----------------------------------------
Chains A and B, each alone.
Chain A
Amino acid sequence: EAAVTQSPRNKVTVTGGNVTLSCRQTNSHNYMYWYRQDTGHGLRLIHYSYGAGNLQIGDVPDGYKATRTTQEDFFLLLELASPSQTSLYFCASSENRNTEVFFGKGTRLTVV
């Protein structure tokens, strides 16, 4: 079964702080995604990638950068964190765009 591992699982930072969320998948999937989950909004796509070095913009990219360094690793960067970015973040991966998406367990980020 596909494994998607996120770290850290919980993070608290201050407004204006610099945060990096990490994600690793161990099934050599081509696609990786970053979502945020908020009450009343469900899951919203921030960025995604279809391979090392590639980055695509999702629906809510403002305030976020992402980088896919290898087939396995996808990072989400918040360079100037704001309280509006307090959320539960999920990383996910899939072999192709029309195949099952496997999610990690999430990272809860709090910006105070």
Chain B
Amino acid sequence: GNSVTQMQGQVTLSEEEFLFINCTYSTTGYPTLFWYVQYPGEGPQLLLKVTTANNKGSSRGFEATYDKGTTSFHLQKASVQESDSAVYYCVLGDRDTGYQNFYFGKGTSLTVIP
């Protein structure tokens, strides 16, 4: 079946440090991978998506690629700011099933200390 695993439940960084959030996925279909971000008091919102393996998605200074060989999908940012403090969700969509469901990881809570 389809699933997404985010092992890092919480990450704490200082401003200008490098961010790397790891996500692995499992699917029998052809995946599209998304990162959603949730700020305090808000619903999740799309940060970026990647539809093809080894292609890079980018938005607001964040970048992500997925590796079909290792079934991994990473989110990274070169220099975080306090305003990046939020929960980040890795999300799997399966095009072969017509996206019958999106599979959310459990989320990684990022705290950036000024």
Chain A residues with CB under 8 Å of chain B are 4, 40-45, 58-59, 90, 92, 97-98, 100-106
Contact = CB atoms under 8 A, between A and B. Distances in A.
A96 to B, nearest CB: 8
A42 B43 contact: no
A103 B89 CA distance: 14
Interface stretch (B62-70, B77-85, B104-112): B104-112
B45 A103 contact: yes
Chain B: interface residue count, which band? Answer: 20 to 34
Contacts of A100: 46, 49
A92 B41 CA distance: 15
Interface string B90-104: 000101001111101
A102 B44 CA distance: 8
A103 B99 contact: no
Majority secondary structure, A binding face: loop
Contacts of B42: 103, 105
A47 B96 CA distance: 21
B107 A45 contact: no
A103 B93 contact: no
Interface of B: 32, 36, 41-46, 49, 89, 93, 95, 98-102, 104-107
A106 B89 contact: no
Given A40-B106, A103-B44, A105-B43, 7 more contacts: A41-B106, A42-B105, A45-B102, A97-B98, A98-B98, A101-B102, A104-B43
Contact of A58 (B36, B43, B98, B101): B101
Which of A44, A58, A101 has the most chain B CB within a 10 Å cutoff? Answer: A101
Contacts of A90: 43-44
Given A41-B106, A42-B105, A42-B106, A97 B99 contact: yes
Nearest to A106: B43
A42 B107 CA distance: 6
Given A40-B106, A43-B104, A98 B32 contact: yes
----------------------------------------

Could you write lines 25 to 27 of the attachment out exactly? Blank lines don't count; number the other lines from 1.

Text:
A103 B93 contact: no
Interface of B: 32, 36, 41-46, 49, 89, 93, 95, 98-102, 104-107
A106 B89 contact: no